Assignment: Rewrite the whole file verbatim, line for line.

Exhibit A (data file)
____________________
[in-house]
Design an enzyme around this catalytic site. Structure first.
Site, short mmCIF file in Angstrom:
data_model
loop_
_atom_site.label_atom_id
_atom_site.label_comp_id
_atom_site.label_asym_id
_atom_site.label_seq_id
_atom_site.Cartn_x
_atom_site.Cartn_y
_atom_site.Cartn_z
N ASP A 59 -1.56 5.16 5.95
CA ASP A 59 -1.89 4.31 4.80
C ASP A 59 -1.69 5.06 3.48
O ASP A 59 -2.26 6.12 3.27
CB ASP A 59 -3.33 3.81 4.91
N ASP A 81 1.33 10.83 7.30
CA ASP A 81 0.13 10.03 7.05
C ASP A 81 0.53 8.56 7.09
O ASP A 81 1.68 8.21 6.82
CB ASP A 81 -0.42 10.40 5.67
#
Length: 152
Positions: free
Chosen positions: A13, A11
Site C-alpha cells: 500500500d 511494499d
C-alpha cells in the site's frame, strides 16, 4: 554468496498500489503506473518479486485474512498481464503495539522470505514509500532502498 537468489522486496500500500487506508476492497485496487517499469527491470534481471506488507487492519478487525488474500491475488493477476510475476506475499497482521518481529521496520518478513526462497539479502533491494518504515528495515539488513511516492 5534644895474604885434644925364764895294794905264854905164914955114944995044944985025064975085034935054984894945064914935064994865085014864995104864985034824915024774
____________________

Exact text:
[in-house]
Design an enzyme around this catalytic site. Structure first.
Site, short mmCIF file in Angstrom:
data_model
loop_
_atom_site.label_atom_id
_atom_site.label_comp_id
_atom_site.label_asym_id
_atom_site.label_seq_id
_atom_site.Cartn_x
_atom_site.Cartn_y
_atom_site.Cartn_z
N ASP A 59 -1.56 5.16 5.95
CA ASP A 59 -1.89 4.31 4.80
C ASP A 59 -1.69 5.06 3.48
O ASP A 59 -2.26 6.12 3.27
CB ASP A 59 -3.33 3.81 4.91
N ASP A 81 1.33 10.83 7.30
CA ASP A 81 0.13 10.03 7.05
C ASP A 81 0.53 8.56 7.09
O ASP A 81 1.68 8.21 6.82
CB ASP A 81 -0.42 10.40 5.67
#
Length: 152
Positions: free
Chosen positions: A13, A11
Site C-alpha cells: 500500500d 511494499d
C-alpha cells in the site's frame, strides 16, 4: 554468496498500489503506473518479486485474512498481464503495539522470505514509500532502498 537468489522486496500500500487506508476492497485496487517499469527491470534481471506488507487492519478487525488474500491475488493477476510475476506475499497482521518481529521496520518478513526462497539479502533491494518504515528495515539488513511516492 5534644895474604885434644925364764895294794905264854905164914955114944995044944985025064975085034935054984894945064914935064994865085014864995104864985034824915024774